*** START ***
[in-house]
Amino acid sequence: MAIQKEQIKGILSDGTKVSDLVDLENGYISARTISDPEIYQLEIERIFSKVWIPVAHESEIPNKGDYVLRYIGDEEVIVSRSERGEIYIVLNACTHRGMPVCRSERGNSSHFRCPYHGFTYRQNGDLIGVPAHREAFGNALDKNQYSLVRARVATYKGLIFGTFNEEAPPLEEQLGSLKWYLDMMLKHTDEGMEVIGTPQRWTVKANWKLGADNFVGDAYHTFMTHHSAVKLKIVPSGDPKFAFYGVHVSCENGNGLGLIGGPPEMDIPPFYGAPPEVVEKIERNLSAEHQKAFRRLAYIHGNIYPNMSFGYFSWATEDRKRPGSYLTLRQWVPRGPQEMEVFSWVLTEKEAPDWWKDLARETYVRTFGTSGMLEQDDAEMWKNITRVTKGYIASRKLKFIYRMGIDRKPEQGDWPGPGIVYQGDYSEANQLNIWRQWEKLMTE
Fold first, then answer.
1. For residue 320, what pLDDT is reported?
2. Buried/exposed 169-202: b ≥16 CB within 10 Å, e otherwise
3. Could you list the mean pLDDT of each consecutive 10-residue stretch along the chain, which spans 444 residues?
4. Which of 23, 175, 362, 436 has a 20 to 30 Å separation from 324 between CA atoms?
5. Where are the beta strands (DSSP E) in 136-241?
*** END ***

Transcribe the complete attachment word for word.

[in-house]
Amino acid sequence: MAIQKEQIKGILSDGTKVSDLVDLENGYISARTISDPEIYQLEIERIFSKVWIPVAHESEIPNKGDYVLRYIGDEEVIVSRSERGEIYIVLNACTHRGMPVCRSERGNSSHFRCPYHGFTYRQNGDLIGVPAHREAFGNALDKNQYSLVRARVATYKGLIFGTFNEEAPPLEEQLGSLKWYLDMMLKHTDEGMEVIGTPQRWTVKANWKLGADNFVGDAYHTFMTHHSAVKLKIVPSGDPKFAFYGVHVSCENGNGLGLIGGPPEMDIPPFYGAPPEVVEKIERNLSAEHQKAFRRLAYIHGNIYPNMSFGYFSWATEDRKRPGSYLTLRQWVPRGPQEMEVFSWVLTEKEAPDWWKDLARETYVRTFGTSGMLEQDDAEMWKNITRVTKGYIASRKLKFIYRMGIDRKPEQGDWPGPGIVYQGDYSEANQLNIWRQWEKLMTE
Fold first, then answer.
1. For residue 320, what pLDDT is reported?
2. Buried/exposed 169-202: b ≥16 CB within 10 Å, e otherwise
3. Could you list the mean pLDDT of each consecutive 10-residue stretch along the chain, which spans 444 residues?
4. Which of 23, 175, 362, 436 has a 20 to 30 Å separation from 324 between CA atoms?
5. Where are the beta strands (DSSP E) in 136-241?